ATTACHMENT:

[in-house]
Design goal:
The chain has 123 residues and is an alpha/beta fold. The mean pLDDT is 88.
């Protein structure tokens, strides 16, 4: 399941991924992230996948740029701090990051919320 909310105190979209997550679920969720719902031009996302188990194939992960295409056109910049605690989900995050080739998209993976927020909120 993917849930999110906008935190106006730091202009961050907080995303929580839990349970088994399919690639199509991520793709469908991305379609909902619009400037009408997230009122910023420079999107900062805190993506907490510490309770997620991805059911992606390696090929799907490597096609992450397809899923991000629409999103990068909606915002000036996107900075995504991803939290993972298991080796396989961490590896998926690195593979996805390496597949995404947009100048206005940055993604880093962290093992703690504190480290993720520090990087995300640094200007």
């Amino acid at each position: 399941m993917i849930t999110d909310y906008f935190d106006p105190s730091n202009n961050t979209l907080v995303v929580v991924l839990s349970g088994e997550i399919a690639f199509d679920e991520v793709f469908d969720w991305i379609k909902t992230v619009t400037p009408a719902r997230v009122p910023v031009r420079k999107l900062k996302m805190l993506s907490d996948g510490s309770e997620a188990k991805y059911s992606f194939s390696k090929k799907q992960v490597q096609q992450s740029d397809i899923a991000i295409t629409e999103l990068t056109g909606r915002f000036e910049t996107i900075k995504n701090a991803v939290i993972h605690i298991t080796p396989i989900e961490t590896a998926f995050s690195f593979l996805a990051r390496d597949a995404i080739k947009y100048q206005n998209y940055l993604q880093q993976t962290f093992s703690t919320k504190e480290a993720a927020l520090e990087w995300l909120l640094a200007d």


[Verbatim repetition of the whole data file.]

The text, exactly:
[in-house]
Design goal:
The chain has 123 residues and is an alpha/beta fold. The mean pLDDT is 88.
């Protein structure tokens, strides 16, 4: 399941991924992230996948740029701090990051919320 909310105190979209997550679920969720719902031009996302188990194939992960295409056109910049605690989900995050080739998209993976927020909120 993917849930999110906008935190106006730091202009961050907080995303929580839990349970088994399919690639199509991520793709469908991305379609909902619009400037009408997230009122910023420079999107900062805190993506907490510490309770997620991805059911992606390696090929799907490597096609992450397809899923991000629409999103990068909606915002000036996107900075995504991803939290993972298991080796396989961490590896998926690195593979996805390496597949995404947009100048206005940055993604880093962290093992703690504190480290993720520090990087995300640094200007």
């Amino acid at each position: 399941m993917i849930t999110d909310y906008f935190d106006p105190s730091n202009n961050t979209l907080v995303v929580v991924l839990s349970g088994e997550i399919a690639f199509d679920e991520v793709f469908d969720w991305i379609k909902t992230v619009t400037p009408a719902r997230v009122p910023v031009r420079k999107l900062k996302m805190l993506s907490d996948g510490s309770e997620a188990k991805y059911s992606f194939s390696k090929k799907q992960v490597q096609q992450s740029d397809i899923a991000i295409t629409e999103l990068t056109g909606r915002f000036e910049t996107i900075k995504n701090a991803v939290i993972h605690i298991t080796p396989i989900e961490t590896a998926f995050s690195f593979l996805a990051r390496d597949a995404i080739k947009y100048q206005n998209y940055l993604q880093q993976t962290f093992s703690t919320k504190e480290a993720a927020l520090e990087w995300l909120l640094a200007d």